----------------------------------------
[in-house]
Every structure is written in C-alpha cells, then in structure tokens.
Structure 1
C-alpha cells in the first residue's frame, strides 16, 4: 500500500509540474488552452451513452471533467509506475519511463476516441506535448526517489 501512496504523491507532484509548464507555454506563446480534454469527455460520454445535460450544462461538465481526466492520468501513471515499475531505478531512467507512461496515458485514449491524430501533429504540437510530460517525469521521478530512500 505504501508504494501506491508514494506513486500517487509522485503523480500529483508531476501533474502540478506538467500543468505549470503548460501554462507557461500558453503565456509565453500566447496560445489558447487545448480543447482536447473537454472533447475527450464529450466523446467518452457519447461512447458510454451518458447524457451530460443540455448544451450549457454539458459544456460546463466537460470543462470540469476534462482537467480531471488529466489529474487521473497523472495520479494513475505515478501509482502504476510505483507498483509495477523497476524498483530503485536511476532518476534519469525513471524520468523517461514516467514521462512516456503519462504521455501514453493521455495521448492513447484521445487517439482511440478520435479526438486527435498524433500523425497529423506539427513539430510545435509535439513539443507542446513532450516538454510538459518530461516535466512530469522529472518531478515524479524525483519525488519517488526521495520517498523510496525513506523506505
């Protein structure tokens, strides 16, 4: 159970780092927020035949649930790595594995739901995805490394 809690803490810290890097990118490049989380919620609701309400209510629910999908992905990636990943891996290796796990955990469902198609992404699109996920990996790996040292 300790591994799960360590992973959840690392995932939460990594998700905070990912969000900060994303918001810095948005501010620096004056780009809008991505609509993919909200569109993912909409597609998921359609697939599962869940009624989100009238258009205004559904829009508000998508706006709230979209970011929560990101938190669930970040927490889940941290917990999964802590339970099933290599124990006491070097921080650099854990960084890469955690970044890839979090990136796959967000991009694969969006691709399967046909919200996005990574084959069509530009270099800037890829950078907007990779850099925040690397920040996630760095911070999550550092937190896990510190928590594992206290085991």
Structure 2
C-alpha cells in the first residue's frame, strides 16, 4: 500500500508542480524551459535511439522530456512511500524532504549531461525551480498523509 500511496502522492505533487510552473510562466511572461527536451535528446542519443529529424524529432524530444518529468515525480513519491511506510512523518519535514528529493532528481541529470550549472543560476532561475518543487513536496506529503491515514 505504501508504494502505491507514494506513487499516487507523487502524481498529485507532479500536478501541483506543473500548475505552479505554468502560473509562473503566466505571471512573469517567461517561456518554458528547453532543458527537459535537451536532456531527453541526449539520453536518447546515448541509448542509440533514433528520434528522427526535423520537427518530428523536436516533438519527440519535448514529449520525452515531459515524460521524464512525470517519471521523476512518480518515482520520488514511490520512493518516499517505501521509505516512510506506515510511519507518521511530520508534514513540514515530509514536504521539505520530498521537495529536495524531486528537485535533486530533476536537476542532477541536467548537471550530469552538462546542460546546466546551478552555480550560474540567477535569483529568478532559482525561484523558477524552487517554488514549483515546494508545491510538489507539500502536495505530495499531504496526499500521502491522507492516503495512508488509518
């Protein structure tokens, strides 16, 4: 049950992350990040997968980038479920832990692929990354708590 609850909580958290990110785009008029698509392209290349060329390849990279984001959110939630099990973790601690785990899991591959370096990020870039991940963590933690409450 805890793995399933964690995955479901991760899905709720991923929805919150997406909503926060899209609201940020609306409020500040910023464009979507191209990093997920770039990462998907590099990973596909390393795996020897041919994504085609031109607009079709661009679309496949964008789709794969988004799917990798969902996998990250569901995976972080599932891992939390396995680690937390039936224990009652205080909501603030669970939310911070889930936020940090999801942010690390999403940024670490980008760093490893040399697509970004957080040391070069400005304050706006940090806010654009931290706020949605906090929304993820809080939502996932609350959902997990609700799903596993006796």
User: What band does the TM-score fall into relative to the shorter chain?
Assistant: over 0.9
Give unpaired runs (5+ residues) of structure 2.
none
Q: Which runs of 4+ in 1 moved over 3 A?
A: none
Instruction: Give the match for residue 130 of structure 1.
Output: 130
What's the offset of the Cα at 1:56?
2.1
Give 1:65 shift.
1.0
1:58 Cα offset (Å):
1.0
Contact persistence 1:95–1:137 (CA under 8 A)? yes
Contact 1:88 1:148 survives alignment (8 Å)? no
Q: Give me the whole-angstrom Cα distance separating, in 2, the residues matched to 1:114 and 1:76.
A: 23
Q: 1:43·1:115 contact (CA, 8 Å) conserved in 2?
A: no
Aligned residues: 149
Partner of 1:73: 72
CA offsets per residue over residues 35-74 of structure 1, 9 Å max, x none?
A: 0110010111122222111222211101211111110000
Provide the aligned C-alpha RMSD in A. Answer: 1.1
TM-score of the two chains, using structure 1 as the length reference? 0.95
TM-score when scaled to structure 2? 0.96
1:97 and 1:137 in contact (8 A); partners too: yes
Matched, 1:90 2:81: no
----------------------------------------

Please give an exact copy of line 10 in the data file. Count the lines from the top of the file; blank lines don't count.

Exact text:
Assistant: over 0.9